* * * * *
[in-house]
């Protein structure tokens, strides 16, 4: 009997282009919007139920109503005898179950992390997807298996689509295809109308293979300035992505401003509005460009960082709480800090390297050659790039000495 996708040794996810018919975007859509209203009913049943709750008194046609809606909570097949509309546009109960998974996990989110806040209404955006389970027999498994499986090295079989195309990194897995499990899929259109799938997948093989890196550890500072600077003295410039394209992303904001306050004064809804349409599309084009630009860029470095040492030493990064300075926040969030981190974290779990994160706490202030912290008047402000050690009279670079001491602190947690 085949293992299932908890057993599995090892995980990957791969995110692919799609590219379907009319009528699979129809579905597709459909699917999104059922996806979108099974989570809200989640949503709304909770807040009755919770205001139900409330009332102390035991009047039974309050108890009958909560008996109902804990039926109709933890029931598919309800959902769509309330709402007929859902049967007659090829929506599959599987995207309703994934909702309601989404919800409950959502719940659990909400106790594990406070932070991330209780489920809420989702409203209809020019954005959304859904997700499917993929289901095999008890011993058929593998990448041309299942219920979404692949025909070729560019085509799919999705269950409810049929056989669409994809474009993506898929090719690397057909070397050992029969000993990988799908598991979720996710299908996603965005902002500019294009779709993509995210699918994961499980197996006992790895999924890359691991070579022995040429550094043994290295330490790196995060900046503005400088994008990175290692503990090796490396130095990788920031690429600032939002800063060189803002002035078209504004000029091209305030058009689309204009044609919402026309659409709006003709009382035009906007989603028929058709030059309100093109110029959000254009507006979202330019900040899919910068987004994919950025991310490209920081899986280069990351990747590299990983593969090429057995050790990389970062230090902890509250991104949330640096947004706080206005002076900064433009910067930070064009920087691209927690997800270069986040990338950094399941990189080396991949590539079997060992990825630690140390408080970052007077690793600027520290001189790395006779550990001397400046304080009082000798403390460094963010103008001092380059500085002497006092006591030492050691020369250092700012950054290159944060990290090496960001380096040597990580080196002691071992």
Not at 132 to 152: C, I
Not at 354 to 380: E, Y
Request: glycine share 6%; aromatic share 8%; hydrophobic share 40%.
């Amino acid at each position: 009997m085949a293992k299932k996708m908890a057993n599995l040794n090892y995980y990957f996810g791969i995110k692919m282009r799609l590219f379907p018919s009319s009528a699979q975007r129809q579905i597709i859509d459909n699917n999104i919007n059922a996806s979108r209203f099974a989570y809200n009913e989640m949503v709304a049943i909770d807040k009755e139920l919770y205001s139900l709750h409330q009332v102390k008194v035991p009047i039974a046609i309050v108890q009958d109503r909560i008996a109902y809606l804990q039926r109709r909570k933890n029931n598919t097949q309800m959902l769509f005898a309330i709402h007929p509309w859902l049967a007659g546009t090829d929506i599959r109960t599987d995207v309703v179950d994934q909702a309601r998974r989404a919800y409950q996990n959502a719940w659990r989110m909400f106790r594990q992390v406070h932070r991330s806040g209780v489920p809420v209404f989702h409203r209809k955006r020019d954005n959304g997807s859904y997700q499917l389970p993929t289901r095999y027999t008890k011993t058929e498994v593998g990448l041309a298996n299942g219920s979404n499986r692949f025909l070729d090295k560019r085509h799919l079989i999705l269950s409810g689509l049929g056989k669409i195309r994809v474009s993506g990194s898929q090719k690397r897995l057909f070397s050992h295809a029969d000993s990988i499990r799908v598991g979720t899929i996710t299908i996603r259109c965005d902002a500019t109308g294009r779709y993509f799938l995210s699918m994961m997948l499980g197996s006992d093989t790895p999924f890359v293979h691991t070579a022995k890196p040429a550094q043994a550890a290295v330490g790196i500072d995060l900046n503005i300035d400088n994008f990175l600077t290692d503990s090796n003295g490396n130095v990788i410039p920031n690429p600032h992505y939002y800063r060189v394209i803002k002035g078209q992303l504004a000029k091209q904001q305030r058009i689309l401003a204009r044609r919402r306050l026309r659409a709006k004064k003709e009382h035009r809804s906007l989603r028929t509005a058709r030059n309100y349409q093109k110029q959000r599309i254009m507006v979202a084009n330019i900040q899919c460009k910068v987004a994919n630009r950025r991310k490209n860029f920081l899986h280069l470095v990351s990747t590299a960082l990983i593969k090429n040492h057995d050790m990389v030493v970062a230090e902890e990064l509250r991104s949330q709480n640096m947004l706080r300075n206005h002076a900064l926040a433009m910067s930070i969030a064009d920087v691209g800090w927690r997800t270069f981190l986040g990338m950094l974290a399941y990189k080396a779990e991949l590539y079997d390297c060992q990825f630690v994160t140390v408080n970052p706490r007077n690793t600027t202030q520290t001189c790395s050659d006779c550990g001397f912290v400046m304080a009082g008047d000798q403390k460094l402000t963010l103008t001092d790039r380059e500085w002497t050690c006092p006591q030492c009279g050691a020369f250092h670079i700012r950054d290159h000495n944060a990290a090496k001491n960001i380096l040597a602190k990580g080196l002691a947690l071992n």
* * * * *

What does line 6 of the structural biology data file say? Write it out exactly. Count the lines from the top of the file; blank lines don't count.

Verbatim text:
């Amino acid at each position: 009997m085949a293992k299932k996708m908890a057993n599995l040794n090892y995980y990957f996810g791969i995110k692919m282009r799609l590219f379907p018919s009319s009528a699979q975007r129809q579905i597709i859509d459909n699917n999104i919007n059922a996806s979108r209203f099974a989570y809200n009913e989640m949503v709304a049943i909770d807040k009755e139920l919770y205001s139900l709750h409330q009332v102390k008194v035991p009047i039974a046609i309050v108890q009958d109503r909560i008996a109902y809606l804990q039926r109709r909570k933890n029931n598919t097949q309800m959902l769509f005898a309330i709402h007929p509309w859902l049967a007659g546009t090829d929506i599959r109960t599987d995207v309703v179950d994934q909702a309601r998974r989404a919800y409950q996990n959502a719940w659990r989110m909400f106790r594990q992390v406070h932070r991330s806040g209780v489920p809420v209404f989702h409203r209809k955006r020019d954005n959304g997807s859904y997700q499917l389970p993929t289901r095999y027999t008890k011993t058929e498994v593998g990448l041309a298996n299942g219920s979404n499986r692949f025909l070729d090295k560019r085509h799919l079989i999705l269950s409810g689509l049929g056989k669409i195309r994809v474009s993506g990194s898929q090719k690397r897995l057909f070397s050992h295809a029969d000993s990988i499990r799908v598991g979720t899929i996710t299908i996603r259109c965005d902002a500019t109308g294009r779709y993509f799938l995210s699918m994961m997948l499980g197996s006992d093989t790895p999924f890359v293979h691991t070579a022995k890196p040429a550094q043994a550890a290295v330490g790196i500072d995060l900046n503005i300035d400088n994008f990175l600077t290692d503990s090796n003295g490396n130095v990788i410039p920031n690429p600032h992505y939002y800063r060189v394209i803002k002035g078209q992303l504004a000029k091209q904001q305030r058009i689309l401003a204009r044609r919402r306050l026309r659409a709006k004064k003709e009382h035009r809804s906007l989603r028929t509005a058709r030059n309100y349409q093109k110029q959000r599309i254009m507006v979202a084009n330019i900040q899919c460009k910068v987004a994919n630009r950025r991310k490209n860029f920081l899986h280069l470095v990351s990747t590299a960082l990983i593969k090429n040492h057995d050790m990389v030493v970062a230090e902890e990064l509250r991104s949330q709480n640096m947004l706080r300075n206005h002076a900064l926040a433009m910067s930070i969030a064009d920087v691209g800090w927690r997800t270069f981190l986040g990338m950094l974290a399941y990189k080396a779990e991949l590539y079997d390297c060992q990825f630690v994160t140390v408080n970052p706490r007077n690793t600027t202030q520290t001189c790395s050659d006779c550990g001397f912290v400046m304080a009082g008047d000798q403390k460094l402000t963010l103008t001092d790039r380059e500085w002497t050690c006092p006591q030492c009279g050691a020369f250092h670079i700012r950054d290159h000495n944060a990290a090496k001491n960001i380096l040597a602190k990580g080196l002691a947690l071992n």